Alternative Development Model For Jharkhand -Prem P. Verma
Background of Jharkhand � some statistics
JharkhandState, formed on November 15, 2000, has a total population of 269 lacs, with rural people accounting for 77.7% of the population. Of the total population, tribals account for 23%. The number of villages is 32,620.
Total area of the State is 79,714 sq. km. with rural area accounting for 97% of the same. The distribution of the total area is as follows :
Urban land� 2.3%
Forest land� 23.0%
Cultivable land� 55.7%
Population below poverty line is 53%, literacy level is a mere 52% and only 50% population has access to safe drinking water.
Land acquired in the name of �development� of Jharkhand is 24,00,000 acres and this has displaced 17,00,000 people of which 80-90% are tribals and locals of Jharkhand. Only about 25% of the displaced personnel have been halfway rehabilitated.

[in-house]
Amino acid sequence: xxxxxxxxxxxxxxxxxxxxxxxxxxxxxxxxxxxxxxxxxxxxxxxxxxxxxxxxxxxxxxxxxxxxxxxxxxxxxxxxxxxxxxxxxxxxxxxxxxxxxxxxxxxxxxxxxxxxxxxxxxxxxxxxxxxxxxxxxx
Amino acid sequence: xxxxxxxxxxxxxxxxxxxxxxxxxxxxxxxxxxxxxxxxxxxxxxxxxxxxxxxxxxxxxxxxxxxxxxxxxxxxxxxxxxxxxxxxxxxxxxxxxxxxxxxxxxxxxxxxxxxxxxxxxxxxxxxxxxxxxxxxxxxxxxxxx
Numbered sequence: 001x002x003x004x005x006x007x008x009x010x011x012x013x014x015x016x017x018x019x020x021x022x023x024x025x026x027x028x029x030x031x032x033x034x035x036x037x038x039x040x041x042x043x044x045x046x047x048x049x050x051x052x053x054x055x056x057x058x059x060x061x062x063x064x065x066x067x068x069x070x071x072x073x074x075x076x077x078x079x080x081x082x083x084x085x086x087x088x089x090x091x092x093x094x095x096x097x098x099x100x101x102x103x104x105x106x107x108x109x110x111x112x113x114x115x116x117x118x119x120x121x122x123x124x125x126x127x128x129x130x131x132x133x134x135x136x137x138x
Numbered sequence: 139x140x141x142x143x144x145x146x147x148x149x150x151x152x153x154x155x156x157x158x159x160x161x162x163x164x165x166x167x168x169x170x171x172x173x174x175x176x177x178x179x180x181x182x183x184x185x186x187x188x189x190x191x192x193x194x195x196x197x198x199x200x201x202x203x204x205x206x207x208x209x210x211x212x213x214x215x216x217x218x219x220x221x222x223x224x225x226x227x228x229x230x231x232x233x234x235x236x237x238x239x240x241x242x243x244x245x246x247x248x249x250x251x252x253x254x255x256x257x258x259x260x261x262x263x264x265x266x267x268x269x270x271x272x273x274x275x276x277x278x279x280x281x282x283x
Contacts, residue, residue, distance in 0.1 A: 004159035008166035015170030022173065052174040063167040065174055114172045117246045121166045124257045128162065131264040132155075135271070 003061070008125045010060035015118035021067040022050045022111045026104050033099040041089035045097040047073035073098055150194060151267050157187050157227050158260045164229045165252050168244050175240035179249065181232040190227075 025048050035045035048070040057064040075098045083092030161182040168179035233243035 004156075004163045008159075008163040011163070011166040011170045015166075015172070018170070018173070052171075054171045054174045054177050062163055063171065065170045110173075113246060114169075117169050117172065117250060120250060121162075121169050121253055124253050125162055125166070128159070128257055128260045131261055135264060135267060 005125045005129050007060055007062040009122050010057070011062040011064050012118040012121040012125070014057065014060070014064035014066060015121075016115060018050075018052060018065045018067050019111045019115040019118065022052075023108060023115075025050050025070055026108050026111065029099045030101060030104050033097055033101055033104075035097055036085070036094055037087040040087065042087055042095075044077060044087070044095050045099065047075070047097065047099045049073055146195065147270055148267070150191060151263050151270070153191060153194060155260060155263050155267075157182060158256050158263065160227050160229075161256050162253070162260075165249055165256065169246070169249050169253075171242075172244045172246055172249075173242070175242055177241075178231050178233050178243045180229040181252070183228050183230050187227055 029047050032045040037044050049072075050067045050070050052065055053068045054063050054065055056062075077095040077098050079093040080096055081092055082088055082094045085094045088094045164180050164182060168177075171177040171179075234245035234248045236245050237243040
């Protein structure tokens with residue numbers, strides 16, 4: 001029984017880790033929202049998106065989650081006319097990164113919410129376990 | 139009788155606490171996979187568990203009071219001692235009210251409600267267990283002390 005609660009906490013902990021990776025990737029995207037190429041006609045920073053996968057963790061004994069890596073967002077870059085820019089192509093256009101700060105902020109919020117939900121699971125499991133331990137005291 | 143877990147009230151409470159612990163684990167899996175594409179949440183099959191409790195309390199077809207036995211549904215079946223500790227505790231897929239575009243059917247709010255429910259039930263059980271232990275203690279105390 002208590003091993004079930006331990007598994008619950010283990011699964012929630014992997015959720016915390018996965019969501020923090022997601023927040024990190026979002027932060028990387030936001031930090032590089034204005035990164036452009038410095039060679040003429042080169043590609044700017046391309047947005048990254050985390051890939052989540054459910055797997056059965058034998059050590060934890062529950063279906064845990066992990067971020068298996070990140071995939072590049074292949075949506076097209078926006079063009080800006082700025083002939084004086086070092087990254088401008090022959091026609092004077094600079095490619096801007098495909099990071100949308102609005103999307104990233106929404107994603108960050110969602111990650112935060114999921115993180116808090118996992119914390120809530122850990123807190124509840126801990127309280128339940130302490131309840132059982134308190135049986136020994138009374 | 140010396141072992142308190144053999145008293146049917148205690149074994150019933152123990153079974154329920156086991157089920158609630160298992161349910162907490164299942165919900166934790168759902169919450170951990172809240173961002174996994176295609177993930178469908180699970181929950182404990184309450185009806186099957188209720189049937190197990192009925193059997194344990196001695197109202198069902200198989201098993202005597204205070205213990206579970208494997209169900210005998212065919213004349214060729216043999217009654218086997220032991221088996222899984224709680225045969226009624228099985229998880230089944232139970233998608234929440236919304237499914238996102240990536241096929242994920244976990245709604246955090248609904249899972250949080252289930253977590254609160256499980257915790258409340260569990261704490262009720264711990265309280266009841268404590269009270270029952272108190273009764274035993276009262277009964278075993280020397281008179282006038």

This then is the real picture on which any development plan of Jharkhand must be based.
False hopes of job-creation
Jharkhand has been promised, since its creation and even before when it was part of Bihar, employment, prosperity and happiness through the establishment of a number of large projects on its soil. Since the advent of globalisation, the promises have accelerated.
From 1991 till date, globalisation and free trade has been given the credit for the extraordinary growth of our economy. Captains of industry constantly remind us how India is becoming an acknowledged superpower. The U.S. Nuclear Agreement is today cited as an example of this great status accorded to us.